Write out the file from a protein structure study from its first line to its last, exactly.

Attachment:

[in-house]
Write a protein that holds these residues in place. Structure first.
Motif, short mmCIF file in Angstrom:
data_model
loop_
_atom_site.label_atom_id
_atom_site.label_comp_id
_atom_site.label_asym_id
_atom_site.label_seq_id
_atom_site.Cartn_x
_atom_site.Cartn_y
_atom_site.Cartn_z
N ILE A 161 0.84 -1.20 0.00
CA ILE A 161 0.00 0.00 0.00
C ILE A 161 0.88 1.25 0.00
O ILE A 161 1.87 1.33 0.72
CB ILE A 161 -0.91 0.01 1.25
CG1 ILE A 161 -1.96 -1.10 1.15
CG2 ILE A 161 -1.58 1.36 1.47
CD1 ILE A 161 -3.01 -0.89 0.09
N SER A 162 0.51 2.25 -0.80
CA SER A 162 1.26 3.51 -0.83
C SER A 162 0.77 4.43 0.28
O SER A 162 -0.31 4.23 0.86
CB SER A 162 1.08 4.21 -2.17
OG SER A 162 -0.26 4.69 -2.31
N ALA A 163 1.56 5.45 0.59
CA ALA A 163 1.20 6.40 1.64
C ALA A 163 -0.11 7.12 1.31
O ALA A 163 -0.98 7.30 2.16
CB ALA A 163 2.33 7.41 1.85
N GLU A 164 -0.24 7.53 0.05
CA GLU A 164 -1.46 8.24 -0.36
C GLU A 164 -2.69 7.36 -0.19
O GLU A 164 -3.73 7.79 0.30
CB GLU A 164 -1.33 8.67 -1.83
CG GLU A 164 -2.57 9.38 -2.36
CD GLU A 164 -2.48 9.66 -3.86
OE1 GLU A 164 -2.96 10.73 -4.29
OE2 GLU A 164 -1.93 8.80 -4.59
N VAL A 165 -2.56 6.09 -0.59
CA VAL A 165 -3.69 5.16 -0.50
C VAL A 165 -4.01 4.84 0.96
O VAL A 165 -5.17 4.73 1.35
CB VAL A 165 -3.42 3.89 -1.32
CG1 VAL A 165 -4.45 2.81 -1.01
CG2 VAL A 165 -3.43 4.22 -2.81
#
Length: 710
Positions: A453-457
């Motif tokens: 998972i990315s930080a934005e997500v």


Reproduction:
[in-house]
Write a protein that holds these residues in place. Structure first.
Motif, short mmCIF file in Angstrom:
data_model
loop_
_atom_site.label_atom_id
_atom_site.label_comp_id
_atom_site.label_asym_id
_atom_site.label_seq_id
_atom_site.Cartn_x
_atom_site.Cartn_y
_atom_site.Cartn_z
N ILE A 161 0.84 -1.20 0.00
CA ILE A 161 0.00 0.00 0.00
C ILE A 161 0.88 1.25 0.00
O ILE A 161 1.87 1.33 0.72
CB ILE A 161 -0.91 0.01 1.25
CG1 ILE A 161 -1.96 -1.10 1.15
CG2 ILE A 161 -1.58 1.36 1.47
CD1 ILE A 161 -3.01 -0.89 0.09
N SER A 162 0.51 2.25 -0.80
CA SER A 162 1.26 3.51 -0.83
C SER A 162 0.77 4.43 0.28
O SER A 162 -0.31 4.23 0.86
CB SER A 162 1.08 4.21 -2.17
OG SER A 162 -0.26 4.69 -2.31
N ALA A 163 1.56 5.45 0.59
CA ALA A 163 1.20 6.40 1.64
C ALA A 163 -0.11 7.12 1.31
O ALA A 163 -0.98 7.30 2.16
CB ALA A 163 2.33 7.41 1.85
N GLU A 164 -0.24 7.53 0.05
CA GLU A 164 -1.46 8.24 -0.36
C GLU A 164 -2.69 7.36 -0.19
O GLU A 164 -3.73 7.79 0.30
CB GLU A 164 -1.33 8.67 -1.83
CG GLU A 164 -2.57 9.38 -2.36
CD GLU A 164 -2.48 9.66 -3.86
OE1 GLU A 164 -2.96 10.73 -4.29
OE2 GLU A 164 -1.93 8.80 -4.59
N VAL A 165 -2.56 6.09 -0.59
CA VAL A 165 -3.69 5.16 -0.50
C VAL A 165 -4.01 4.84 0.96
O VAL A 165 -5.17 4.73 1.35
CB VAL A 165 -3.42 3.89 -1.32
CG1 VAL A 165 -4.45 2.81 -1.01
CG2 VAL A 165 -3.43 4.22 -2.81
#
Length: 710
Positions: A453-457
């Motif tokens: 998972i990315s930080a934005e997500v």